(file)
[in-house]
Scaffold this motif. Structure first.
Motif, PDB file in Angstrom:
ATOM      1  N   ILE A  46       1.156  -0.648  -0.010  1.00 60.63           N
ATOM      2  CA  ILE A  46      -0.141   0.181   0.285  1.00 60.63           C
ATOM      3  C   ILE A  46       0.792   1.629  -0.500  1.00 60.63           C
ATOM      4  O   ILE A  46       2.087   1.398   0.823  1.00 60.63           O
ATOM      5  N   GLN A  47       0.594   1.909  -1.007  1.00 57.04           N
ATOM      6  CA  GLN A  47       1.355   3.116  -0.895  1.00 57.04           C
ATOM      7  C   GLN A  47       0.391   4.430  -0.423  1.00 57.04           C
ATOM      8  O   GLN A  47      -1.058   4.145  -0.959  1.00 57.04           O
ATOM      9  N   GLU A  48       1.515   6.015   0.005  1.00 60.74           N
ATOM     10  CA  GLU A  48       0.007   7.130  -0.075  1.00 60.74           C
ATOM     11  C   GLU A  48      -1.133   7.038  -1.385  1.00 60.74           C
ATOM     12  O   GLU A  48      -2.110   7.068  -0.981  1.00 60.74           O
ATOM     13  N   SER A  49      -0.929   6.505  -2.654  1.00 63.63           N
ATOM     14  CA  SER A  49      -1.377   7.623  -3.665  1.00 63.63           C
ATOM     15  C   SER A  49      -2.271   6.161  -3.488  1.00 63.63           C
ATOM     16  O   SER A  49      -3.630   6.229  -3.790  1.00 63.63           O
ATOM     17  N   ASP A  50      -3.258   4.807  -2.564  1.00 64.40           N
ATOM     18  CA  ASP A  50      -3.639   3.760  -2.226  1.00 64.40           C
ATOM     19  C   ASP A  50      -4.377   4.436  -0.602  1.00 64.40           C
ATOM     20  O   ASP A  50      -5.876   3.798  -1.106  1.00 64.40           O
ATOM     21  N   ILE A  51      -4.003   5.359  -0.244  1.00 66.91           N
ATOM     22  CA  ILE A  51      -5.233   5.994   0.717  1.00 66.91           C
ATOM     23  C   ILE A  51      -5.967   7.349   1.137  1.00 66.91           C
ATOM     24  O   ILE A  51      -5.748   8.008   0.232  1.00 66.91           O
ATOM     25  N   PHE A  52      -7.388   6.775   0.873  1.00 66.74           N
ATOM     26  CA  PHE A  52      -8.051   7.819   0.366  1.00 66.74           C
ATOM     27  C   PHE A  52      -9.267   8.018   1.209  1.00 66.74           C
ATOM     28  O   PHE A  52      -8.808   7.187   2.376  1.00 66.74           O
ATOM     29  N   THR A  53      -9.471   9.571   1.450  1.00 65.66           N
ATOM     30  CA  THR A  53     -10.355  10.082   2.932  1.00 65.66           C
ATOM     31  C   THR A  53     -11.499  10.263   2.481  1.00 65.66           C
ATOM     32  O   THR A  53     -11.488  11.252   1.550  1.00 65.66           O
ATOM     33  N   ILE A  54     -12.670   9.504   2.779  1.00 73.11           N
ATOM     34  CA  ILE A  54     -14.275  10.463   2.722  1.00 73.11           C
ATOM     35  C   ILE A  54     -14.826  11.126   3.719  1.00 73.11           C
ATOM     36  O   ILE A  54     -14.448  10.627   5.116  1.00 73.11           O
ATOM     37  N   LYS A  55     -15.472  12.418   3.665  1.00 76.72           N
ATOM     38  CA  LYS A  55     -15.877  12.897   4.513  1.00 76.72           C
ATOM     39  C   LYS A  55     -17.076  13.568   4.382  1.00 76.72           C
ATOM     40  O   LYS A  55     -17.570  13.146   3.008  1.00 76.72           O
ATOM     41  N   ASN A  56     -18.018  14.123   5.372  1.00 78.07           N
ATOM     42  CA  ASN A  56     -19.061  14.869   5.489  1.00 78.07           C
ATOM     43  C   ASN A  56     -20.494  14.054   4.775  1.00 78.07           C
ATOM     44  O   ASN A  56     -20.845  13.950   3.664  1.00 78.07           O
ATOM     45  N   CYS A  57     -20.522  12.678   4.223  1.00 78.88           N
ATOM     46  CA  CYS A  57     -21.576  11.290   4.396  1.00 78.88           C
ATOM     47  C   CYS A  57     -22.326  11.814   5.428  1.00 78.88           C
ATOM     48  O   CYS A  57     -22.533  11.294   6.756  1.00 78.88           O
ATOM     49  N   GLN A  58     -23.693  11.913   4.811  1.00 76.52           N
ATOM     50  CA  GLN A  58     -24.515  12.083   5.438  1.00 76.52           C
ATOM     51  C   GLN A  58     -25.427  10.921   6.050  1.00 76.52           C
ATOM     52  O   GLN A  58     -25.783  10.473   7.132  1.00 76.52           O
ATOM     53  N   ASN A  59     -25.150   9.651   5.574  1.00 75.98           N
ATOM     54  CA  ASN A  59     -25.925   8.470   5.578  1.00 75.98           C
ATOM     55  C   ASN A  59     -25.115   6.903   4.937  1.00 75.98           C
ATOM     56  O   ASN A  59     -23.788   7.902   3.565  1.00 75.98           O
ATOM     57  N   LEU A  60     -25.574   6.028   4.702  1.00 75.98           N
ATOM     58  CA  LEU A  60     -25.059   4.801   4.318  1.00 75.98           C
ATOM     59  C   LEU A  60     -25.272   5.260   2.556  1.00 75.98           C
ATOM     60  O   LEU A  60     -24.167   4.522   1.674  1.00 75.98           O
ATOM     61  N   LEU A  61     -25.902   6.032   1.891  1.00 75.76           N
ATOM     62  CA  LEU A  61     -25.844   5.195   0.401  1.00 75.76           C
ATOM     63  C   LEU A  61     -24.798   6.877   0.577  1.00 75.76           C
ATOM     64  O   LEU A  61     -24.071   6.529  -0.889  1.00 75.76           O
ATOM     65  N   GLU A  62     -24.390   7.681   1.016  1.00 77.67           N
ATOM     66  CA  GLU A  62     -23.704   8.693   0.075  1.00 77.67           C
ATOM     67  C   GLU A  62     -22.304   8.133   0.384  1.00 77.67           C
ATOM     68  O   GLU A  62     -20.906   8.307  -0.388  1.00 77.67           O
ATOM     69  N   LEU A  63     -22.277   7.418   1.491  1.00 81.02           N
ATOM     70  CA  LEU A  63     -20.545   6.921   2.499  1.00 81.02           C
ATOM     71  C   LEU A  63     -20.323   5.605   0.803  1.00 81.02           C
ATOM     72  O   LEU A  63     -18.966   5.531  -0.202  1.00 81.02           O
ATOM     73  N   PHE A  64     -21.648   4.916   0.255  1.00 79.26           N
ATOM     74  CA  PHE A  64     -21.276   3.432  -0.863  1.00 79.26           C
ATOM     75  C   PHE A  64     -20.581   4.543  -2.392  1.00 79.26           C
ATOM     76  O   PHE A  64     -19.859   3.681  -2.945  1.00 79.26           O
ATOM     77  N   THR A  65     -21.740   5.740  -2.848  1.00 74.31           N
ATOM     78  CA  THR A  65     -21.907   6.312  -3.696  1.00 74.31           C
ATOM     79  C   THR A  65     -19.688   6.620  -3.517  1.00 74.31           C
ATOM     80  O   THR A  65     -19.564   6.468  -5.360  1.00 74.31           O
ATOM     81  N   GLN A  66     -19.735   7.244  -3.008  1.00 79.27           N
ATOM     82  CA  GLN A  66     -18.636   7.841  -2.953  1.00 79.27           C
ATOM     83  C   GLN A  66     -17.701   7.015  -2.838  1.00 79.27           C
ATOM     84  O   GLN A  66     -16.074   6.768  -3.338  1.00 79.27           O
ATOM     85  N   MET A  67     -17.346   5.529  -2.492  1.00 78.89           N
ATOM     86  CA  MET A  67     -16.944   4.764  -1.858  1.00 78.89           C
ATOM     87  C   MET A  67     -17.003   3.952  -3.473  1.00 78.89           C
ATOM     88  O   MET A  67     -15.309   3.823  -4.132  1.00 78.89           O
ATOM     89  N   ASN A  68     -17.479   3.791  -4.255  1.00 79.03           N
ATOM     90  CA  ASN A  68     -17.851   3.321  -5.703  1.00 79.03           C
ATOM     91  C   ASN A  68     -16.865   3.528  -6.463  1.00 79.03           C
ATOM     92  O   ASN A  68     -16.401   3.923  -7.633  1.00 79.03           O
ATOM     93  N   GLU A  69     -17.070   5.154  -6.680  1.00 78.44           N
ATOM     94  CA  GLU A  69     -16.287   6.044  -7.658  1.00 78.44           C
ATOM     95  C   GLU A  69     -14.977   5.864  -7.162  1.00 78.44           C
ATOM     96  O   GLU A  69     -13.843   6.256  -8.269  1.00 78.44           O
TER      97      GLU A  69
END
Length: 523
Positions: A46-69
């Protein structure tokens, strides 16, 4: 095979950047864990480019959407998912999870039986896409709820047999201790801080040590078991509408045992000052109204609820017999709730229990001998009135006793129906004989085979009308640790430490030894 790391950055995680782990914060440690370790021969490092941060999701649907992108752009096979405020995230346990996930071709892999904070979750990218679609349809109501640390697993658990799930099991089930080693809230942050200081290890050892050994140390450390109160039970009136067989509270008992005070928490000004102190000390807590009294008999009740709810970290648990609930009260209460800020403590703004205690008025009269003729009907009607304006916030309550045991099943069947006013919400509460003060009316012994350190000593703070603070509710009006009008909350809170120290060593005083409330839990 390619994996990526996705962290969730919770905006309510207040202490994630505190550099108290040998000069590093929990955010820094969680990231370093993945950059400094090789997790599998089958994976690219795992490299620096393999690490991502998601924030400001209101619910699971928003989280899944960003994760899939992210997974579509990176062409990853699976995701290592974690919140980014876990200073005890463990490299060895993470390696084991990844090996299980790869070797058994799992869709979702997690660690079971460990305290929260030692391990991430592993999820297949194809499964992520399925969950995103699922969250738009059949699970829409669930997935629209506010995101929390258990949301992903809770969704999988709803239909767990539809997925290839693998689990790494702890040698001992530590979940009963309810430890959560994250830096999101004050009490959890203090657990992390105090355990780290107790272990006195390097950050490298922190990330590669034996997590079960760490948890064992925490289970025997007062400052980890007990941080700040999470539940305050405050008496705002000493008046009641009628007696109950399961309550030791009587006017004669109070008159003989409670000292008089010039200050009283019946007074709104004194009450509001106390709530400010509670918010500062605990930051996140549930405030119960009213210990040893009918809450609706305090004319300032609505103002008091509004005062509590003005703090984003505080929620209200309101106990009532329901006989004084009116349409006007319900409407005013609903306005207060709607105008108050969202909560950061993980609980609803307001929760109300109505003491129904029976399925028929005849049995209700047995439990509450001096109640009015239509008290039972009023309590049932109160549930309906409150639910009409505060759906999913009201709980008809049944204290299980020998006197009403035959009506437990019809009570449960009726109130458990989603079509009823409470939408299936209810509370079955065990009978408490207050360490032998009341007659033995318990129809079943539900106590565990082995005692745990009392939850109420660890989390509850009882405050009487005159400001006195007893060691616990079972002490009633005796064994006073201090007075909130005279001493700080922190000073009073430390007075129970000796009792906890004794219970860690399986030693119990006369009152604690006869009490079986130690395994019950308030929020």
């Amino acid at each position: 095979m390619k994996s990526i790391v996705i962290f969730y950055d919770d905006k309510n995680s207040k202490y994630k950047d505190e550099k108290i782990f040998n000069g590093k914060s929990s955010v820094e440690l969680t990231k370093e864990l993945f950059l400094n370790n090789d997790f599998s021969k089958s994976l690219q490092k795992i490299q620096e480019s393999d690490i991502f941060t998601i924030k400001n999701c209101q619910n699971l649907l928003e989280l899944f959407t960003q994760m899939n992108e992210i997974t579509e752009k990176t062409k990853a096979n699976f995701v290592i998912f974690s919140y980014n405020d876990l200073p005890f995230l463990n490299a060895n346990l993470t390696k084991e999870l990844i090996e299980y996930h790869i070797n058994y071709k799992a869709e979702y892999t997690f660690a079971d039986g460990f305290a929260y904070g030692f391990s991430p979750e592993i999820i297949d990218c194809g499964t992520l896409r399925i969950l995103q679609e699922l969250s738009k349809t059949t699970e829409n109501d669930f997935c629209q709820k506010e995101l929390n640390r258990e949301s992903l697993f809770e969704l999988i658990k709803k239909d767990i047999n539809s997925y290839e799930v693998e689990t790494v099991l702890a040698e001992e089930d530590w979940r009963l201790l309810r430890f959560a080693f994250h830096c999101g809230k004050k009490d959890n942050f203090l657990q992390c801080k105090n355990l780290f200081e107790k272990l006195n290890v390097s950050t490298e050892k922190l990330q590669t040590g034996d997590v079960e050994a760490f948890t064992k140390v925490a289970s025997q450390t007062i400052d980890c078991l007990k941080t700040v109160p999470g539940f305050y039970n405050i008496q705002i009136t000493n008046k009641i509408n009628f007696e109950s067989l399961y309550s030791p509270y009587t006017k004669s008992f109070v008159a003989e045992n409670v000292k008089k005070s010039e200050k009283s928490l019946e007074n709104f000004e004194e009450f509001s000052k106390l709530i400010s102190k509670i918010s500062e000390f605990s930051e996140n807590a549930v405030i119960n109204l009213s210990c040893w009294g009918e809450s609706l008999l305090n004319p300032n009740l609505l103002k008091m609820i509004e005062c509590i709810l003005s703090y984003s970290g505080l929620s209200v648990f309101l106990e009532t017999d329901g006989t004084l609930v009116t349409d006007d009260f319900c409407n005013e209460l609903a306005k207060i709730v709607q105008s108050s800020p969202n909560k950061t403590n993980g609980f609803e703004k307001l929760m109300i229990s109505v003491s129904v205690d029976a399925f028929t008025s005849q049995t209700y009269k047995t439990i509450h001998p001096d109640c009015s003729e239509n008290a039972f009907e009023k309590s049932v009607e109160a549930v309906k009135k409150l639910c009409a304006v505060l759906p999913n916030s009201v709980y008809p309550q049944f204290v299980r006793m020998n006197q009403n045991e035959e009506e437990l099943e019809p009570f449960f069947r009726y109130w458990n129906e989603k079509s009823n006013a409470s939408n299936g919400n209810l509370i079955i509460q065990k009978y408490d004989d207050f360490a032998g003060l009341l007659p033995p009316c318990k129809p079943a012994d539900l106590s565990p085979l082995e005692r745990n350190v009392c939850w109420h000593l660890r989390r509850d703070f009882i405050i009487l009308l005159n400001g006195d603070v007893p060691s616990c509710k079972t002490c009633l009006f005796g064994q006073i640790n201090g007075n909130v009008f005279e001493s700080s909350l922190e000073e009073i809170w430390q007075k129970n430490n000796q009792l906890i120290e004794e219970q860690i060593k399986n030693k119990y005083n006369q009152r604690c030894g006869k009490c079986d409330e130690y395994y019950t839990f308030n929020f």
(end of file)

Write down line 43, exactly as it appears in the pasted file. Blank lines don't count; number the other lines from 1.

ATOM     40  O   LYS A  55     -17.570  13.146   3.008  1.00 76.72           O